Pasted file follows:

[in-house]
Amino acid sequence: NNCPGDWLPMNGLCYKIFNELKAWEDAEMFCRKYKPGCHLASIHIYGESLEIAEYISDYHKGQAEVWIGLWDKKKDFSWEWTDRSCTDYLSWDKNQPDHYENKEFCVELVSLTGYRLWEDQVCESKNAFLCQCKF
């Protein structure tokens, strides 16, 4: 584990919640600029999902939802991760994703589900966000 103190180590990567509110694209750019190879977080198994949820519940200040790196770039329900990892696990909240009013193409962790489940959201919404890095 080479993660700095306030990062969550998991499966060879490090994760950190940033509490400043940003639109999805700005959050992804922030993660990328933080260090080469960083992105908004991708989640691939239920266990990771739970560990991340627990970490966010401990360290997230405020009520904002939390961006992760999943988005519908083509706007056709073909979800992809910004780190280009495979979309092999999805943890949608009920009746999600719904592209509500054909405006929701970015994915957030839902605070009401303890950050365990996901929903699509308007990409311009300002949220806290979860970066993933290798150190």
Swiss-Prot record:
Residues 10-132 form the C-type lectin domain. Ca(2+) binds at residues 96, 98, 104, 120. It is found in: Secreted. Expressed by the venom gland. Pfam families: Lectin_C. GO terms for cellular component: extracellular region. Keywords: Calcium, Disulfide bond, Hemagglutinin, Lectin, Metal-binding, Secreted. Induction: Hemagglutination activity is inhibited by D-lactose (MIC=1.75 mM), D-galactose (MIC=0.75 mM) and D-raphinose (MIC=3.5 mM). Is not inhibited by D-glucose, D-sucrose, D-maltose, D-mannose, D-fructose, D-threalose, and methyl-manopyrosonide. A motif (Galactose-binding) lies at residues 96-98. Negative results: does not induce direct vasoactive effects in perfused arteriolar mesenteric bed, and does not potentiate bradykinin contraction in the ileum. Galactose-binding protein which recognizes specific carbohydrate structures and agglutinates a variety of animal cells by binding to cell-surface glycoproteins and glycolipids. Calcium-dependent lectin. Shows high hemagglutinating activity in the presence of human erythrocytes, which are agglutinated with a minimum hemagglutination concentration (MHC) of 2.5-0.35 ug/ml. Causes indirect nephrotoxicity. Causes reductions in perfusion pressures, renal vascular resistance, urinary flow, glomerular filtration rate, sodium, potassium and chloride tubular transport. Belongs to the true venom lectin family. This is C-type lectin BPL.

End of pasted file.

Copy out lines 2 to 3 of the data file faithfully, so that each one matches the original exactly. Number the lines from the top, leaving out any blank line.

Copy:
Amino acid sequence: NNCPGDWLPMNGLCYKIFNELKAWEDAEMFCRKYKPGCHLASIHIYGESLEIAEYISDYHKGQAEVWIGLWDKKKDFSWEWTDRSCTDYLSWDKNQPDHYENKEFCVELVSLTGYRLWEDQVCESKNAFLCQCKF
């Protein structure tokens, strides 16, 4: 584990919640600029999902939802991760994703589900966000 103190180590990567509110694209750019190879977080198994949820519940200040790196770039329900990892696990909240009013193409962790489940959201919404890095 080479993660700095306030990062969550998991499966060879490090994760950190940033509490400043940003639109999805700005959050992804922030993660990328933080260090080469960083992105908004991708989640691939239920266990990771739970560990991340627990970490966010401990360290997230405020009520904002939390961006992760999943988005519908083509706007056709073909979800992809910004780190280009495979979309092999999805943890949608009920009746999600719904592209509500054909405006929701970015994915957030839902605070009401303890950050365990996901929903699509308007990409311009300002949220806290979860970066993933290798150190």